The most important aspect of an awareness campaign is obviously publicity, without publicity a campaign like this one would be worthless, as I wouldn’t get my message across.
The media attention was altogether very good.
I would like to thank all the members of the media, who supported the project by covering it.
On this page you see some of the newspapers articles and you get a picture of most of the radio stations who supported me in one way or another. I’m well aware that there were many more members of the media.
Santa on a serious summer mission
By Terry Reilly
SANTA was spotted in Carlow during the whirlwind tour of the county.
Sweating profusely through his thick costume he was thumbing his way to Wexford when The Nationalist caught up with him. It was originally believed he was on one of his fact finding missions making sure all the kids were behaving themselves but this Santa was on a different crusade.
“I was trying to travel 1,000 miles in seven days around Ireland promoting suicide and depression awareness,” said Wolfgang Lolies, from Midleton in Cork.
“My brother-in-law, Michael O’Carroll, killed himself some time ago and I decided to create some awareness about the problem. I started Thursday week agobut it’s taken me more time than I thought it would to get done.
“I’m getting a lot of smiles and beeps but most people don’t realise I’m actually thumbing and forget to pick me up. I climbed Croagh Patrick last Sunday. It was really tough and it took four hours but I made it.
“I decided to pick Santa because he’ll draw attention. Alcoholics and rapists get treatment but people with depressions just get pills. So many of the people who give me lifts are withdrawn from life and take drugs, all their creativity is taken away.”
Mr Lolies aka Santa was on the last leg of his journey when we met him. By the time he got home he had travelled through Cork, Killarney, Limerick, Tipperary, Waterford, Athlone, Westport, Sligo, Dublin, Galway, Lisdoonvarna, Carlow, Wexford and Midleton.
A tour guide by day, this is the second time he has taken a trip around the country. Last year he hiked the country in a wheelchair to create awareness for disabilities.
“Inever take any money for it because it’s not a fundraising stunt. If you want to donate anything give it to AWARE or any of the other organisations.
Hitching Santa raises suicide awareness
By Gerry McLaughlin
It isn’t often you associate Santa Claus with the very serious subject of suicide.
But a Corkman has decided to go on a 1000 mile walk to highlight a subject that dare not speak its name.
Wolfgang Lolies has been hitching from Middletown to Sligo for the past five days in this unseasonal garb to make people aware of the illness that claimed 444 lives last year.
He has been taking lifts along the way and yesterday climbed Croagh Patrick before speaking to the Weekender.
His roundabout trip is expected to last for another week.
The 41 year-old’s brother-in-law’s tragic death two years ago prompted him to do something to about the dreaded topic which causes so much misery.
“I am dressed in the Santa garb because many suicides happen in the festive season
“I am not fund-raising but just trying to make people aware that it is a big problem.
“I know that professional and voluntary bodies help a lot but this my own personal way of making people aware.
“444 people took their lives in this country last year and 293 were killed on the roads and we talk about road carnage.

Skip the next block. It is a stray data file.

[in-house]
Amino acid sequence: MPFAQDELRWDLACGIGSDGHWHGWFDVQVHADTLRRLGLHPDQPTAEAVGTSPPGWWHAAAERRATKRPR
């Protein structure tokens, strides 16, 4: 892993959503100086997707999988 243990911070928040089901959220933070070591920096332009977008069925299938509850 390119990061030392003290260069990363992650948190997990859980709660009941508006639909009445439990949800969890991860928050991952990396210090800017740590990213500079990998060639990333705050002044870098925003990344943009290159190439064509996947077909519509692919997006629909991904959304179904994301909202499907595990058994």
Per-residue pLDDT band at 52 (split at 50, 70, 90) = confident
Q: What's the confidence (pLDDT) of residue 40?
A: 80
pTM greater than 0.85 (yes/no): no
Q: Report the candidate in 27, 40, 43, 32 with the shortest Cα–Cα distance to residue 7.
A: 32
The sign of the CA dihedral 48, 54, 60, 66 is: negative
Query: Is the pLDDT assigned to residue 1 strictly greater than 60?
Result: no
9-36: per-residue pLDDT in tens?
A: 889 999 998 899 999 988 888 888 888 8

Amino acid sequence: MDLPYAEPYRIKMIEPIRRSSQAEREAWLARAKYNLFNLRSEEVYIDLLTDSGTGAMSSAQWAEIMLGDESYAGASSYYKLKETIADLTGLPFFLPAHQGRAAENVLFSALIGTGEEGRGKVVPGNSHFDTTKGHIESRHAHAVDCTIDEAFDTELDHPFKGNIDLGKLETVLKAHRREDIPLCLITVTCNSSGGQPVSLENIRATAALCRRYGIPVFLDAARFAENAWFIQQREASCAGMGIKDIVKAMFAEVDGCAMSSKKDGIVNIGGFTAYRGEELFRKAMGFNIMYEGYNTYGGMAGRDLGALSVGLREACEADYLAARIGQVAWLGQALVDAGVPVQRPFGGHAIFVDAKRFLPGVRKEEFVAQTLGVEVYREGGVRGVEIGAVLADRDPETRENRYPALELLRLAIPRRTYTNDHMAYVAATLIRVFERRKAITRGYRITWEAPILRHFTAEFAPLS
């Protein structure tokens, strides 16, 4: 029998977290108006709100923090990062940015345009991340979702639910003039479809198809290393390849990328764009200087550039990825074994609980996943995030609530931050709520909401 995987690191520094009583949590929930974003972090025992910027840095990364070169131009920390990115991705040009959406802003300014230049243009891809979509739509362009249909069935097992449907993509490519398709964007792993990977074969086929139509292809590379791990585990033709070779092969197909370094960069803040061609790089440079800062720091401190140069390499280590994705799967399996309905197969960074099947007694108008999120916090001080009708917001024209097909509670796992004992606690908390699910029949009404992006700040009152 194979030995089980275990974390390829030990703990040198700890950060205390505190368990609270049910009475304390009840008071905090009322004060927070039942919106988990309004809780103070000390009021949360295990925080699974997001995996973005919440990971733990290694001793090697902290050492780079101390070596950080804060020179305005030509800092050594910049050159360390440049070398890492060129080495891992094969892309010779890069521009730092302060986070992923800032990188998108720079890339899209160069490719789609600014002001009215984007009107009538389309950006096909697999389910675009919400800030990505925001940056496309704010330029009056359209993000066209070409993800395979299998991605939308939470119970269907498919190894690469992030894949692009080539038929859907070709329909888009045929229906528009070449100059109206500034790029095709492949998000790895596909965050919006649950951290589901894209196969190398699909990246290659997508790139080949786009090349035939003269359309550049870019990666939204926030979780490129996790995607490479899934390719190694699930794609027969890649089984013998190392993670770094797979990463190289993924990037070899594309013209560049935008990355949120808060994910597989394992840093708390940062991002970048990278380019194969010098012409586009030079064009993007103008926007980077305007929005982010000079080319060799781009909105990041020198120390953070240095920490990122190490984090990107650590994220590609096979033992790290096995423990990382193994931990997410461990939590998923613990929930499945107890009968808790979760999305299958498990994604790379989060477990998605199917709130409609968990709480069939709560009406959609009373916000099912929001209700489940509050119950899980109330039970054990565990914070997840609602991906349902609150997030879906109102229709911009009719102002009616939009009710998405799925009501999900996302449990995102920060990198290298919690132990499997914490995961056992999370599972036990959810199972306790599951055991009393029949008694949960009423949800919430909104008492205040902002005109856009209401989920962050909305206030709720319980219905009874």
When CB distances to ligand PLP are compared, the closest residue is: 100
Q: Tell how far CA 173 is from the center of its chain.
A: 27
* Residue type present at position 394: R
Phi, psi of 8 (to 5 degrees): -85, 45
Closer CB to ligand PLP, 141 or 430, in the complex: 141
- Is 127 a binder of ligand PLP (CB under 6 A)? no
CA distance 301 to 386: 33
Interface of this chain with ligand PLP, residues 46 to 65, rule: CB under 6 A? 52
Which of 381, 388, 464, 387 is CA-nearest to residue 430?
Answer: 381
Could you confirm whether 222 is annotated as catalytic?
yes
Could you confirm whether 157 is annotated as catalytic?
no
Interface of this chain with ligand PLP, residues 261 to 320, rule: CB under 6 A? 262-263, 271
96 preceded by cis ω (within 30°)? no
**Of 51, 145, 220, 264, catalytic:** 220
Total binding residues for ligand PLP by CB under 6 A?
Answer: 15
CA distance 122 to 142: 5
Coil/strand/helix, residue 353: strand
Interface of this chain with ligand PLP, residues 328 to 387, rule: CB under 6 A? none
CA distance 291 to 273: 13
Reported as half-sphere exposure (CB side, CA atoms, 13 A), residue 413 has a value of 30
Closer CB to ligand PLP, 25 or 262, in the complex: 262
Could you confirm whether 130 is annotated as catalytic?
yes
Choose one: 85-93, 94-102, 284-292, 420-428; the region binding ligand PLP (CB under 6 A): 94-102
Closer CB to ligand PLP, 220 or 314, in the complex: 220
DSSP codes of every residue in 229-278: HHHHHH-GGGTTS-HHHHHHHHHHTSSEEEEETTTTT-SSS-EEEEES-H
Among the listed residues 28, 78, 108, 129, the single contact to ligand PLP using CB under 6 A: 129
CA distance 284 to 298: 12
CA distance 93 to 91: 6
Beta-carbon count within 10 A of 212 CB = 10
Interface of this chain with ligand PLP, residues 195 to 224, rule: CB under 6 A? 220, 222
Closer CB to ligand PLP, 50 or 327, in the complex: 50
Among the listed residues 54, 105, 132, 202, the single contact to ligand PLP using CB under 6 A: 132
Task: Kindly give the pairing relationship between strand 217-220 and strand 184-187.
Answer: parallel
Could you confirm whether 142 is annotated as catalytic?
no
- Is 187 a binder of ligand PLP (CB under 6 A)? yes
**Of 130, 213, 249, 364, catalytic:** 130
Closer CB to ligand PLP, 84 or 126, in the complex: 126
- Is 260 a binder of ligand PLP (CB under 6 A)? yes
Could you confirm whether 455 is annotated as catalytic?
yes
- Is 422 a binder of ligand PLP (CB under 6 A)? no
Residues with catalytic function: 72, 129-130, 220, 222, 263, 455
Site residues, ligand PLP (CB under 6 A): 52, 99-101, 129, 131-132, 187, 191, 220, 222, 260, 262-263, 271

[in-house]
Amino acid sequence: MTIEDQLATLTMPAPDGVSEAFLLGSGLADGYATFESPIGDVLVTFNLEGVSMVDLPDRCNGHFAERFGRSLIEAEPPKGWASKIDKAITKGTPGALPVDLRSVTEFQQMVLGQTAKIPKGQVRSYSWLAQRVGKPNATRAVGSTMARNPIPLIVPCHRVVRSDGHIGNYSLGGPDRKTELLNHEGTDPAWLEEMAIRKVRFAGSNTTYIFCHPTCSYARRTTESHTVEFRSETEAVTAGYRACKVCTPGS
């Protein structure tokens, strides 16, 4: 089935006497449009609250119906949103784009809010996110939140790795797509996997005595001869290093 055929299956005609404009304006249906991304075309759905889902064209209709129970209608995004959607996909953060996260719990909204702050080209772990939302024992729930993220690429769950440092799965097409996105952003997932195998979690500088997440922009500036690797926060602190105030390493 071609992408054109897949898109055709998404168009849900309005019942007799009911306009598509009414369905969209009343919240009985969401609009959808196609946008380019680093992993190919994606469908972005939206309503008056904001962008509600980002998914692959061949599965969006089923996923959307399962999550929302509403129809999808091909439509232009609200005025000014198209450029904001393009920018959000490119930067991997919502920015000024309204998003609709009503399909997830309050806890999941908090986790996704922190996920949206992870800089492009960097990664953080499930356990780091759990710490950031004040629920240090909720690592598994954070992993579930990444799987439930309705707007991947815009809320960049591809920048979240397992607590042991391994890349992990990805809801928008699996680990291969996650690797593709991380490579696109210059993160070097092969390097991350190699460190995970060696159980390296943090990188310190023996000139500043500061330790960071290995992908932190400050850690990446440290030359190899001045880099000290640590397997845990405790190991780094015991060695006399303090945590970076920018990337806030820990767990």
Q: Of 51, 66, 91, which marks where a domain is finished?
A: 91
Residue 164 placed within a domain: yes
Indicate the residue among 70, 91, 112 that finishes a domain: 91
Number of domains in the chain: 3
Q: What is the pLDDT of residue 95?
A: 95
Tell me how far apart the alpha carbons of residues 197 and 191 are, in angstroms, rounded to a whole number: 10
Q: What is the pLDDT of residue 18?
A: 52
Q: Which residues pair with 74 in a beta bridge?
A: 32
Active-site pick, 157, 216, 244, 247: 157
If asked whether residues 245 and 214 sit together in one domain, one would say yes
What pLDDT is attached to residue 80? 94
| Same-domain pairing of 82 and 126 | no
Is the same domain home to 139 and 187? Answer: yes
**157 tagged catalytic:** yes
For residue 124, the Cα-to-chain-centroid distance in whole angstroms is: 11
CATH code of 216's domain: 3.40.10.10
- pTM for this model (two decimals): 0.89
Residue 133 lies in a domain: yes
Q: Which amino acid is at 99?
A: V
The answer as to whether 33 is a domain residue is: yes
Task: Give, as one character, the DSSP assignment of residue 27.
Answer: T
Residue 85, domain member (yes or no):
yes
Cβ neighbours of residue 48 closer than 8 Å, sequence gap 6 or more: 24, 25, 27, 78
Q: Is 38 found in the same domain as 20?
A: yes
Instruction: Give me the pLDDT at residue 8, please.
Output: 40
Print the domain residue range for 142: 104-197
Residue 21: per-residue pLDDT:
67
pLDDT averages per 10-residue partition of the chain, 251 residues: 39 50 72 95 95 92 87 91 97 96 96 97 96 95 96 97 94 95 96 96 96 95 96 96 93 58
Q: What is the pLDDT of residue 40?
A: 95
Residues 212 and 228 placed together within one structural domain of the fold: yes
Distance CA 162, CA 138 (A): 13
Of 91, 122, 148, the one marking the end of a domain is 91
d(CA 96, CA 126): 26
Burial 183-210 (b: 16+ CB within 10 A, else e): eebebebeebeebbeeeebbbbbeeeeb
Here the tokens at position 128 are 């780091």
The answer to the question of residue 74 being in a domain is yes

“I don’t have the answers but hopefully by dressing up in this garb and talking to people. I will get people talking and that is a small beginning.
“In no way am I trivialising this great scourge in this country but hopefully people will understand why I feel so strongly about it.
“My brother-in-law was suffering from a bi-polar illness and took his life a few years ago.
“I don’t know if medication is the complete answer but people should above all learn to talk about it.
“A number of local media have been in touch with me so they are helping me to highlight this delicate issue.
Wolfgang has another 500 miles to go before he returns to his day job as a tour guide in county Cork.
So if you see Santa Claus in your town, don’t laugh because he is reminding us of a very serious subject.
Hitcher on awareness drive
By Bill Browne
A GERMAN man living in Midleton is hitch-hiking around Ireland to raise awareness about suicide.
Wolfgang Lolies, a 41-year old tour guide, is dressing as Santa Claus for the 1,000 mile trek, which began this morning.
He was touched by suicide after his brother-in-law took his own life four years ago.
“When it happens so close to home you realise just what a devastating effect it can have on those left behind,” said Wolfgang.
He said that the trek around Ireland was about letting people know how serious the problem of suicide was in Ireland.
“Last year alone 444 people in Ireland took their own lives and yet very little is being done to remedy this shocking statistic,” said Wolfgang.
“Similarly, there were 293 road deaths, which were given much more publicity. By doing this I hope to make people aware that more needs to be done to help prevent people taking their own lives,” he added.
The reason he is dressing as Santa Claus is to point out that Christmas is one of the times people feel most vulnerable.
“Also it will make people sit up and take notice. After all it is not too often that Santa makes an appearance in the middle of July. People will ask why I am doing this which will be one way of opening some sort of dialogue about the whole issue,” added Wolfgang.
The seven-day trip will see him travel through Cork, Limerick, Sligo, Dublin and Kilkenny.
Wolfgang was keen to point out that it was not a fund-raising exercise.